The metaverse is expected to uproot system design as we know it, and Samsung is one of many hardware vendors re-imagining data center infrastructure in preparation for a parallel 3D world. Samsung is working on new memory technologies that provide faster bandwidth inside hardware for data to travel between CPUs, storage and other computing resources. The company also announced it was partnering with Red Hat to ensure these technologies have Linux compatibility. Read more

today's howtos

  • How to install go1.19beta on Ubuntu 22.04 – NextGenTips

    In this tutorial, we are going to explore how to install go on Ubuntu 22.04 Golang is an open-source programming language that is easy to learn and use. It is built-in concurrency and has a robust standard library. It is reliable, builds fast, and efficient software that scales fast. Its concurrency mechanisms make it easy to write programs that get the most out of multicore and networked machines, while its novel-type systems enable flexible and modular program constructions. Go compiles quickly to machine code and has the convenience of garbage collection and the power of run-time reflection. In this guide, we are going to learn how to install golang 1.19beta on Ubuntu 22.04. Go 1.19beta1 is not yet released. There is so much work in progress with all the documentation.

  • molecule test: failed to connect to bus in systemd container - openQA bites

    Ansible Molecule is a project to help you test your ansible roles. I’m using molecule for automatically testing the ansible roles of geekoops.

  • How To Install MongoDB on AlmaLinux 9 - idroot

    In this tutorial, we will show you how to install MongoDB on AlmaLinux 9. For those of you who didn’t know, MongoDB is a high-performance, highly scalable document-oriented NoSQL database. Unlike in SQL databases where data is stored in rows and columns inside tables, in MongoDB, data is structured in JSON-like format inside records which are referred to as documents. The open-source attribute of MongoDB as a database software makes it an ideal candidate for almost any database-related project. This article assumes you have at least basic knowledge of Linux, know how to use the shell, and most importantly, you host your site on your own VPS. The installation is quite simple and assumes you are running in the root account, if not you may need to add ‘sudo‘ to the commands to get root privileges. I will show you the step-by-step installation of the MongoDB NoSQL database on AlmaLinux 9. You can follow the same instructions for CentOS and Rocky Linux.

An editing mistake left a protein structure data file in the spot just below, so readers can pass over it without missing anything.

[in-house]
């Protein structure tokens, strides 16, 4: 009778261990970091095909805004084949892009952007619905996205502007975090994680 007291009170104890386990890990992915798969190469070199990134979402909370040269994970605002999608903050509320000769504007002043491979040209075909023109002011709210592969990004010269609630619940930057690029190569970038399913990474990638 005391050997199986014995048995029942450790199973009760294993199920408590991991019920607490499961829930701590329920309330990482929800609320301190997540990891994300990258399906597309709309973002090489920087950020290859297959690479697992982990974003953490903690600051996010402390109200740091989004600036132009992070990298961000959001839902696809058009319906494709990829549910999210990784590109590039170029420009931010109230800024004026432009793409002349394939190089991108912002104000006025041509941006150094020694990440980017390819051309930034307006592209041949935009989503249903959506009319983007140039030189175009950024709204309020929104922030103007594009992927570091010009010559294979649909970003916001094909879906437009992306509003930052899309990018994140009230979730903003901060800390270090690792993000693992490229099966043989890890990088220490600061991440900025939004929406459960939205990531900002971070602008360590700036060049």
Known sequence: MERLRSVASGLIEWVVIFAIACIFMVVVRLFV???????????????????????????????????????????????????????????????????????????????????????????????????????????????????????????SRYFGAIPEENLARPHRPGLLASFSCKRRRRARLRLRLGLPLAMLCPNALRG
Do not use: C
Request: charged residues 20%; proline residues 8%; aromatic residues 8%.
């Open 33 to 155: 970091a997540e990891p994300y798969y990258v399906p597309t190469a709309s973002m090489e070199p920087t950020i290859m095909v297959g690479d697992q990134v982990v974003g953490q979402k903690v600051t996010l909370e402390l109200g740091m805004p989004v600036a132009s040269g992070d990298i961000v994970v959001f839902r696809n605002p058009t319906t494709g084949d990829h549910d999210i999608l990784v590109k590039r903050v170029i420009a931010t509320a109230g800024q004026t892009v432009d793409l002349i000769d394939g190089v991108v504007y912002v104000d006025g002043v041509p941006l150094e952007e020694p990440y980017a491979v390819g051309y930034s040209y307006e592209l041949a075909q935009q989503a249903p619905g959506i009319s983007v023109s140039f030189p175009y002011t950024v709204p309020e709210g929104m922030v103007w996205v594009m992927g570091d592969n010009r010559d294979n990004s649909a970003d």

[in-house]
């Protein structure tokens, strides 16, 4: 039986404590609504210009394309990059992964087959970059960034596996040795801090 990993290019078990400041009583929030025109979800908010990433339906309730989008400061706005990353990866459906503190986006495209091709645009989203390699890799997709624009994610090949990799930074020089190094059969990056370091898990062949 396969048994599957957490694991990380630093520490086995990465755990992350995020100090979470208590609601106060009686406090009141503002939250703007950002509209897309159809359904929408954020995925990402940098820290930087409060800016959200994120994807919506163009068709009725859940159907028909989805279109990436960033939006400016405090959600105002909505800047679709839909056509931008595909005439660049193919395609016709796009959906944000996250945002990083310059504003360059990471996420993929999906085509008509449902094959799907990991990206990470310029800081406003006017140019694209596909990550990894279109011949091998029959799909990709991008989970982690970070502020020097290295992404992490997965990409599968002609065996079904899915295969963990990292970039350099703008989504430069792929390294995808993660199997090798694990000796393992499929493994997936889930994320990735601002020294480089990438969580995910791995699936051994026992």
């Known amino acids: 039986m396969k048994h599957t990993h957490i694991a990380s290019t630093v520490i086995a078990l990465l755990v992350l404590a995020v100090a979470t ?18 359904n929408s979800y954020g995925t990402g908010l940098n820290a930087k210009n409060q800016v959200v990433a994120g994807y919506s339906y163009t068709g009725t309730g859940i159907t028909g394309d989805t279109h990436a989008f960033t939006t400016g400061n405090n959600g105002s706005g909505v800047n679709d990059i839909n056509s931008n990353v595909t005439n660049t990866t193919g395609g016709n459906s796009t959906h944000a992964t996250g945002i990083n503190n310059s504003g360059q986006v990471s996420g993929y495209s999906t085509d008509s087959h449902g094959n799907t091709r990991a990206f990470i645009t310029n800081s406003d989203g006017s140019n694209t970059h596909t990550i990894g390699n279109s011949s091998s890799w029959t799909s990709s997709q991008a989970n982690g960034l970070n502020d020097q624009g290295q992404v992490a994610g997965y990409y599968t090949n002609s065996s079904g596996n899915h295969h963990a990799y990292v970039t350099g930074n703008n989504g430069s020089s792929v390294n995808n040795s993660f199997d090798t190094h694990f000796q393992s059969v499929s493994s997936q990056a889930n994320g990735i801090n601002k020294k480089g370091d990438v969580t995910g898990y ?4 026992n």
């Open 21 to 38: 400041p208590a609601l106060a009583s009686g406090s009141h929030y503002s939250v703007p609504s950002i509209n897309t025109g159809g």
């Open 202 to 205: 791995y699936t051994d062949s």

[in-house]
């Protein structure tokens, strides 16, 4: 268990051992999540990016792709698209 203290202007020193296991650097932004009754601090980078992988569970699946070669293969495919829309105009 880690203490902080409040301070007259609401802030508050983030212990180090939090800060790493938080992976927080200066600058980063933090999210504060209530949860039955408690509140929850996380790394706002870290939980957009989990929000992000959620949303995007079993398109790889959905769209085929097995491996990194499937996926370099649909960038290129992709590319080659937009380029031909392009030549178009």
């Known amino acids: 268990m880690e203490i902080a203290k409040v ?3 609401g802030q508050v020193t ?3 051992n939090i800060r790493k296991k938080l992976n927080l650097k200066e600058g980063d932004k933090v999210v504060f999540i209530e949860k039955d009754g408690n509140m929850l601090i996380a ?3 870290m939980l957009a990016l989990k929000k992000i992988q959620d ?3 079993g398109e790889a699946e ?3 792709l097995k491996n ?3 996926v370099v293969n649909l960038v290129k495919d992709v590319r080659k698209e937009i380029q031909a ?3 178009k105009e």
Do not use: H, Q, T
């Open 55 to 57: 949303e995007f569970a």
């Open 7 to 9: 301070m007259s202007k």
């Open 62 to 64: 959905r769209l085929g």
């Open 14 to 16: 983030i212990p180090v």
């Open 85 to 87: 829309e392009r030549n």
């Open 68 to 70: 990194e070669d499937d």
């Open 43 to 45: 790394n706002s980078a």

• An introduction (and how-to) to Plugin Loader for the Steam Deck. - Invidious
  • Self-host a Ghost Blog With Traefik

    Ghost is a very popular open-source content management system. Started as an alternative to WordPress and it went on to become an alternative to Substack by focusing on membership and newsletter. The creators of Ghost offer managed Pro hosting but it may not fit everyone's budget. Alternatively, you can self-host it on your own cloud servers. On Linux handbook, we already have a guide on deploying Ghost with Docker in a reverse proxy setup. Instead of Ngnix reverse proxy, you can also use another software called Traefik with Docker. It is a popular open-source cloud-native application proxy, API Gateway, Edge-router, and more. I use Traefik to secure my websites using an SSL certificate obtained from Let's Encrypt. Once deployed, Traefik can automatically manage your certificates and their renewals. In this tutorial, I'll share the necessary steps for deploying a Ghost blog with Docker and Traefik.